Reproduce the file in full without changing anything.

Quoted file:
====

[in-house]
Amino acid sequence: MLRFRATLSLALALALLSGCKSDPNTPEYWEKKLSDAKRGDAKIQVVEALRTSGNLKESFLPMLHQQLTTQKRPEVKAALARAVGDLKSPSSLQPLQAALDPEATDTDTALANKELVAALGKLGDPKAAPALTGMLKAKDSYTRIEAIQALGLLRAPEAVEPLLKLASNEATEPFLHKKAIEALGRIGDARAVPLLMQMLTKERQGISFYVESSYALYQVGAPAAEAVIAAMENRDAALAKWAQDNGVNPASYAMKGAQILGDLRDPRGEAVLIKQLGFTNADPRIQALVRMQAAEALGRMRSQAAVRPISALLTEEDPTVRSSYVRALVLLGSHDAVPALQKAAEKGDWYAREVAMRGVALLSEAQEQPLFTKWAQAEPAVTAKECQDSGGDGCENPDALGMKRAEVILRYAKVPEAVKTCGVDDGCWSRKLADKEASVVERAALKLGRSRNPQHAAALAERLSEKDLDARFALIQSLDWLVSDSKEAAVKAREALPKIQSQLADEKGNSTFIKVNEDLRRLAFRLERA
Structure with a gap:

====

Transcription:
[in-house]
Amino acid sequence: MLRFRATLSLALALALLSGCKSDPNTPEYWEKKLSDAKRGDAKIQVVEALRTSGNLKESFLPMLHQQLTTQKRPEVKAALARAVGDLKSPSSLQPLQAALDPEATDTDTALANKELVAALGKLGDPKAAPALTGMLKAKDSYTRIEAIQALGLLRAPEAVEPLLKLASNEATEPFLHKKAIEALGRIGDARAVPLLMQMLTKERQGISFYVESSYALYQVGAPAAEAVIAAMENRDAALAKWAQDNGVNPASYAMKGAQILGDLRDPRGEAVLIKQLGFTNADPRIQALVRMQAAEALGRMRSQAAVRPISALLTEEDPTVRSSYVRALVLLGSHDAVPALQKAAEKGDWYAREVAMRGVALLSEAQEQPLFTKWAQAEPAVTAKECQDSGGDGCENPDALGMKRAEVILRYAKVPEAVKTCGVDDGCWSRKLADKEASVVERAALKLGRSRNPQHAAALAERLSEKDLDARFALIQSLDWLVSDSKEAAVKAREALPKIQSQLADEKGNSTFIKVNEDLRRLAFRLERA
Structure with a gap: